MUMBAI, India (AP) -- Mannequins displaying lingerie and other skimpy clothing may soon be banned in India's cosmopolitan city of Mumbai as an anti-rape measure.
The municipal council overwhelmingly passed a resolution last month barring stores from putting scantily-clad mannequins outside their shops. The municipal commissioner has yet to give the required approval of the resolution.
City council member Ritu Tawde said she proposed the mannequin ban because such displays degrade women and could provoke men to attack them.
Indians have increasingly demanded stronger protections for women since the gang rape and killing of a student on a bus in the capital of New Delhi in December.
"Such people get provoked by mannequins. After all, a mannequin is a replica of a woman's body. That's why I oppose it, because mannequins do not suit Indian culture," Tawde said. However, shop owners will still be able to display mannequins how they want inside their stores, she said.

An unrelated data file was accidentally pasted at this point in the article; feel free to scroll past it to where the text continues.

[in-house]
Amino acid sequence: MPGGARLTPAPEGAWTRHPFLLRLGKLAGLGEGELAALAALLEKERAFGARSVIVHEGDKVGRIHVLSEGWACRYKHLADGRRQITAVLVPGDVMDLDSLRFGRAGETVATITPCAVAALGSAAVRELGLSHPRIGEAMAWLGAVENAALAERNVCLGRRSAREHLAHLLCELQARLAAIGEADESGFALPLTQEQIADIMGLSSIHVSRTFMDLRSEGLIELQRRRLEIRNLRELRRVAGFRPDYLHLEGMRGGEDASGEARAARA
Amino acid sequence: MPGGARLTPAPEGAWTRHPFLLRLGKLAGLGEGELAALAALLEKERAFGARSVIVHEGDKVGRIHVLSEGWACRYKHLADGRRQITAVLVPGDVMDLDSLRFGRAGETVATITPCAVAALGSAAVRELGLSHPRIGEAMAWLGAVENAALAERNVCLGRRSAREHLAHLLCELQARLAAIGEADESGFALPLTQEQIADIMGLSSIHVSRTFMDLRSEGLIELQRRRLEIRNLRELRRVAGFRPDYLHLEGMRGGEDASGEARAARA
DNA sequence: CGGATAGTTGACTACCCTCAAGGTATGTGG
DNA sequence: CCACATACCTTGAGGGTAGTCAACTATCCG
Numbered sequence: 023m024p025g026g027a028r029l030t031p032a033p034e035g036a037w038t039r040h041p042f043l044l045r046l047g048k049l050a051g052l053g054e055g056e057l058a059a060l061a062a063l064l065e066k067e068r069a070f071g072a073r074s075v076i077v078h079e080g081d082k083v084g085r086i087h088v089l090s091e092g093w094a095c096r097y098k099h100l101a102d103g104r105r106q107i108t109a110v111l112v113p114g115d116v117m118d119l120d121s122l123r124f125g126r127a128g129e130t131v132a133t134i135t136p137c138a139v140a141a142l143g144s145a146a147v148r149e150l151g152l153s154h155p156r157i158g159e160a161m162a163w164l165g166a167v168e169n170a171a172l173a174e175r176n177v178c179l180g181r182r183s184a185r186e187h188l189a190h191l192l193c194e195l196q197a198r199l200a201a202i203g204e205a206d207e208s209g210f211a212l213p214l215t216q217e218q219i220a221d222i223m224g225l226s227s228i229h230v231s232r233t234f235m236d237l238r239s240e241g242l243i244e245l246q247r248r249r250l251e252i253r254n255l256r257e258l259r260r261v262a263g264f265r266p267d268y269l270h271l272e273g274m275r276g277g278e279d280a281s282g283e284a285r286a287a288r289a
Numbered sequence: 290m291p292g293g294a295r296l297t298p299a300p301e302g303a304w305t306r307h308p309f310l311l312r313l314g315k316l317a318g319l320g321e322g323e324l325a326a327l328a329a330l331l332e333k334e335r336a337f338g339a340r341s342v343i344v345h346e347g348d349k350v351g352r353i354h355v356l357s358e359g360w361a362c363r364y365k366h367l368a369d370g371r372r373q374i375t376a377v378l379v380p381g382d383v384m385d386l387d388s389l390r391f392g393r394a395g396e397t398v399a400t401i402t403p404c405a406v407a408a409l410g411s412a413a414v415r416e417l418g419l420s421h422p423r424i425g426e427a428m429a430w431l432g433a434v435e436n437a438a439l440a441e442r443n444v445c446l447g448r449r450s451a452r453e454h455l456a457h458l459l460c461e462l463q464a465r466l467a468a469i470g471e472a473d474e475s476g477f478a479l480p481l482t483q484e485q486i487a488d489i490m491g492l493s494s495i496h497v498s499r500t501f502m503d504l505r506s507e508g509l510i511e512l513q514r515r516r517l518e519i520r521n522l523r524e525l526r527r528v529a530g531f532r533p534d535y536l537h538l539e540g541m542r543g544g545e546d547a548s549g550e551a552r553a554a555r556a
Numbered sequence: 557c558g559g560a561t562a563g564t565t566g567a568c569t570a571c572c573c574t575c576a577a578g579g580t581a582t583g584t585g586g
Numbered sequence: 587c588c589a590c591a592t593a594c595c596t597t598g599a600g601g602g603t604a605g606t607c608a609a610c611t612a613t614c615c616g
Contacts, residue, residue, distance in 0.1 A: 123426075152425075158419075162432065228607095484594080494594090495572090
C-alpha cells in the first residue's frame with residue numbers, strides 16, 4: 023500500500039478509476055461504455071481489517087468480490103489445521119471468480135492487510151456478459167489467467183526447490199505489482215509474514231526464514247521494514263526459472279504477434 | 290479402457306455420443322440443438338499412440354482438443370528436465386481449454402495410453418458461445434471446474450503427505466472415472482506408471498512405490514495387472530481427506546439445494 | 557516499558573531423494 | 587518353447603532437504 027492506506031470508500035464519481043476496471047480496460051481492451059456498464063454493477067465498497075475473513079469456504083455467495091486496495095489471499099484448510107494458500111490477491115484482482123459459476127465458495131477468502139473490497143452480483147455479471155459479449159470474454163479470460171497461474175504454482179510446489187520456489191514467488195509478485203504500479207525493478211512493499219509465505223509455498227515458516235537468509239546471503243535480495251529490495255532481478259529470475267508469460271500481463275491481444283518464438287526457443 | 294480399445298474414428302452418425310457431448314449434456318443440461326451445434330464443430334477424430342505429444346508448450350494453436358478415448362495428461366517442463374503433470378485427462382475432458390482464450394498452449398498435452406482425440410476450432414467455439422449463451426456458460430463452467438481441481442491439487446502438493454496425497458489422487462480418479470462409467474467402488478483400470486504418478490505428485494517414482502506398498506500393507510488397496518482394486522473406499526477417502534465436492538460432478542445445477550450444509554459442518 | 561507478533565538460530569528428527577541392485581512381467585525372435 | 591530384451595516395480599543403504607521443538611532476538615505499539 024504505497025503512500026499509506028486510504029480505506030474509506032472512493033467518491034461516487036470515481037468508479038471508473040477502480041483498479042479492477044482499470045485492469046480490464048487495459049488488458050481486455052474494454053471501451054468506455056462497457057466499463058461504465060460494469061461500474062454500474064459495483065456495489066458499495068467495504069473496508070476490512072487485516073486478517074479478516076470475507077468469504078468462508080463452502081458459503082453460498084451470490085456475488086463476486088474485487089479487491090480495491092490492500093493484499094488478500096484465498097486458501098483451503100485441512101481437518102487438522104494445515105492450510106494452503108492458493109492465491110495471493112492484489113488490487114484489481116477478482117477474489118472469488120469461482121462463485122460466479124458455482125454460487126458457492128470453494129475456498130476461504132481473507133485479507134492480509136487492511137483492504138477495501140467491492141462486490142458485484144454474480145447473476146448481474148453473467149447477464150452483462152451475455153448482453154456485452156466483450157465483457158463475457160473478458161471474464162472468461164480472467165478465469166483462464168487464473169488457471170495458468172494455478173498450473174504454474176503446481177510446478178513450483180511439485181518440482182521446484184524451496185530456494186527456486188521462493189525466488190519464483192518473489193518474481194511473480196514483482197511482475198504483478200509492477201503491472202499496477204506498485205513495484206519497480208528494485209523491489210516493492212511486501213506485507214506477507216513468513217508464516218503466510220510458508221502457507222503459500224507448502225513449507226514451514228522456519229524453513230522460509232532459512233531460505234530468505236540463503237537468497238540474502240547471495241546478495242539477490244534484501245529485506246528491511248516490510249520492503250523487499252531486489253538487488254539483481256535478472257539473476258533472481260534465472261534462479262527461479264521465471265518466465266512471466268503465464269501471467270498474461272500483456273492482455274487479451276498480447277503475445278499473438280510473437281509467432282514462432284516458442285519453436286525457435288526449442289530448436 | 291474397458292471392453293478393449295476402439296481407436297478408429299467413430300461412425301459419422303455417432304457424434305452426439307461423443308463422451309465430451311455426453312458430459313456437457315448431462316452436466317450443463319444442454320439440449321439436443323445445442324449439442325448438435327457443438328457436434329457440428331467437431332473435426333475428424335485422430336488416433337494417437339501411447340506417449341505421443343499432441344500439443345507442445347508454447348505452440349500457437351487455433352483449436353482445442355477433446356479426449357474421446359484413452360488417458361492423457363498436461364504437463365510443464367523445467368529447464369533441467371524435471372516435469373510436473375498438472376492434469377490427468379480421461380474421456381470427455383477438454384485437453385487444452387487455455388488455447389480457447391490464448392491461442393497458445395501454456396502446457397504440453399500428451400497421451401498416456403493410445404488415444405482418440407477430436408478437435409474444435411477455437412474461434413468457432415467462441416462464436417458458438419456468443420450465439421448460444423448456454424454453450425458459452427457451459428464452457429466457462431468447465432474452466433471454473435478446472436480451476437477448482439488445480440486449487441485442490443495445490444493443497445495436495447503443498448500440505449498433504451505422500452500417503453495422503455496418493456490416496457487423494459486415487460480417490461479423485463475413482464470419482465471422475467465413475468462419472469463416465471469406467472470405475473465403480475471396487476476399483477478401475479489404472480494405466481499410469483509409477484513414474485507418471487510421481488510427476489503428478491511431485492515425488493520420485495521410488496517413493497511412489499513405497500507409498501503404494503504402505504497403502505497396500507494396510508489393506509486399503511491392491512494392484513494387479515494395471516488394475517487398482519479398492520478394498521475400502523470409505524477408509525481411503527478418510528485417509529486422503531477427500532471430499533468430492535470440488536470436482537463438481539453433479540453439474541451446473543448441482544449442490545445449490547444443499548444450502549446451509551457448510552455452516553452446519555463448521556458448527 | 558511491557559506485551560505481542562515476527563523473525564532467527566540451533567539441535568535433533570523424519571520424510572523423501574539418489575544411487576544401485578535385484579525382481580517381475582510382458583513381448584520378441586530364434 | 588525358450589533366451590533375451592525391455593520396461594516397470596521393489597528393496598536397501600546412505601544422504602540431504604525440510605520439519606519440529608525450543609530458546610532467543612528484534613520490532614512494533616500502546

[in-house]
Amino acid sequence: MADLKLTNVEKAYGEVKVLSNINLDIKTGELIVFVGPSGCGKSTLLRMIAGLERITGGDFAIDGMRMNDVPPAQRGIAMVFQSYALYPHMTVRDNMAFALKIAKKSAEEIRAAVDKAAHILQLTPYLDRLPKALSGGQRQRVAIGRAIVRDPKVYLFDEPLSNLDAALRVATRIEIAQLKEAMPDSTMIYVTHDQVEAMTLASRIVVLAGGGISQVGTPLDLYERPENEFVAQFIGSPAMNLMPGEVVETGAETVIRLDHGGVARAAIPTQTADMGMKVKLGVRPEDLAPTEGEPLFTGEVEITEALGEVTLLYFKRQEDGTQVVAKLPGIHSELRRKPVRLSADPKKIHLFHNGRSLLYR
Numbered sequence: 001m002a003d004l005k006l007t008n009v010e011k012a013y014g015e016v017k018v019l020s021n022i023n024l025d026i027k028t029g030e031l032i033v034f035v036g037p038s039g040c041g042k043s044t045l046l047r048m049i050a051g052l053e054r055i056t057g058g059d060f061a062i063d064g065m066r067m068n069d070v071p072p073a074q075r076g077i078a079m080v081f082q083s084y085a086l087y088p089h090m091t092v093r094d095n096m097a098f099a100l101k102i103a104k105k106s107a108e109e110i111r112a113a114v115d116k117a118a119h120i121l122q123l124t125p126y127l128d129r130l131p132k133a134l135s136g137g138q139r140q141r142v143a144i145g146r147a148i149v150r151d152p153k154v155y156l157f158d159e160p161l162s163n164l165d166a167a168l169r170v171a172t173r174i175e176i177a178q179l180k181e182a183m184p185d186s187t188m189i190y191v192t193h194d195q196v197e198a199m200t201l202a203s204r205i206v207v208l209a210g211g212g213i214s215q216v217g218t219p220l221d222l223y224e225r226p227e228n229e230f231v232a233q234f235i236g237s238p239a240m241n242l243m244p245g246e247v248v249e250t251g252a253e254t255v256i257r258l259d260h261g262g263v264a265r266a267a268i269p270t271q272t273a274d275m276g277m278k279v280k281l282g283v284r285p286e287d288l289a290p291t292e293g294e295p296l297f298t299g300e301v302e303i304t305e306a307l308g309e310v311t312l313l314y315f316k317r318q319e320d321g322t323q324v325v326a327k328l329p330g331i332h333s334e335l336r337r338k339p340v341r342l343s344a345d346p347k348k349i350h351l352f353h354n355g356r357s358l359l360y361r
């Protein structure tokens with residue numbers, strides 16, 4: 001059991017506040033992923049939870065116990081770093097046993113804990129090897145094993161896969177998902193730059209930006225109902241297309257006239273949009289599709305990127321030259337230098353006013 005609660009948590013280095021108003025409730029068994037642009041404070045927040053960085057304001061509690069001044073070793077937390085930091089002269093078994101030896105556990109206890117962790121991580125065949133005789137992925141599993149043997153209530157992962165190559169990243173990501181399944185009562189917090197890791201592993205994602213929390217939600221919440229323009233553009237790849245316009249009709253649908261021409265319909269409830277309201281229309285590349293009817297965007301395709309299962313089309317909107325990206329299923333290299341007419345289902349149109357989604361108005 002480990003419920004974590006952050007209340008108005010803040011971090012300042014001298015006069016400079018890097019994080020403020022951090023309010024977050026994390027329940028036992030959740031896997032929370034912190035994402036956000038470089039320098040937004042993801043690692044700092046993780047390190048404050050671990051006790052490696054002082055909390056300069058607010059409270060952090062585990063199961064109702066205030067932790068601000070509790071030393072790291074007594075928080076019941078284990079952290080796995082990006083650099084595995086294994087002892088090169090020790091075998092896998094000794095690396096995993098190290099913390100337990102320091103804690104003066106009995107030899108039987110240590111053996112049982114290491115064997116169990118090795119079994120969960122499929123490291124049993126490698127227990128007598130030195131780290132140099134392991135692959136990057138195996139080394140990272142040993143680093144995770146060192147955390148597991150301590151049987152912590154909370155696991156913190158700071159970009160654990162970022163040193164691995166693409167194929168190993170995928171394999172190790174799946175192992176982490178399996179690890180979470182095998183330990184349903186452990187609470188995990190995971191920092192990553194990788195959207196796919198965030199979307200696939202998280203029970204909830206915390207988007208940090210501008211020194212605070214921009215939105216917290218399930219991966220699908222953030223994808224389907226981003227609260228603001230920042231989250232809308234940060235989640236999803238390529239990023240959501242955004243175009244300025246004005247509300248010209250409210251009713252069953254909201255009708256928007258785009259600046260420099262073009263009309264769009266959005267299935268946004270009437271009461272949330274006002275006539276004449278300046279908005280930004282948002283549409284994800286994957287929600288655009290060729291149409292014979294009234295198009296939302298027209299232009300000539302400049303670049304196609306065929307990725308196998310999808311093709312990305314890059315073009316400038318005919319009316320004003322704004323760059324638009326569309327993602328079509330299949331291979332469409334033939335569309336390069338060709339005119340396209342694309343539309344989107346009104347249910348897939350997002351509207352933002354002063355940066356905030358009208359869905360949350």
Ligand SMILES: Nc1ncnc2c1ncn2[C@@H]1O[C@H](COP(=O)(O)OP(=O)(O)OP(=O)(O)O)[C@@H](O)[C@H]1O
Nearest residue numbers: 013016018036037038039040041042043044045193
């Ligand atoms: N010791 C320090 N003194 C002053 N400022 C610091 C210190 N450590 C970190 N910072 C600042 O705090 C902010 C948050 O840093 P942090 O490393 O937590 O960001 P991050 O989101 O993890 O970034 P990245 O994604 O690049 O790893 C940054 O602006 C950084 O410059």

Business officials ridiculed the resolution, saying it would have no impact on violence against women.
"We are living in the 21st century where these kinds of things, all porn, the movies, the pictures, all these things are available on websites, available on mobiles. (A) mannequin hardly makes any difference to the people," said Viren Shah, president of the Federation of Retail Traders' Welfare Association.
Tawde said risque Internet images were very different than the mannequins.
"If someone wants to watch pornography on the net, that is a conscious choice that he is making. In this case, the mannequins are everywhere and people don't have a choice. They run into them when they step out of their homes and walk on the streets," she said.
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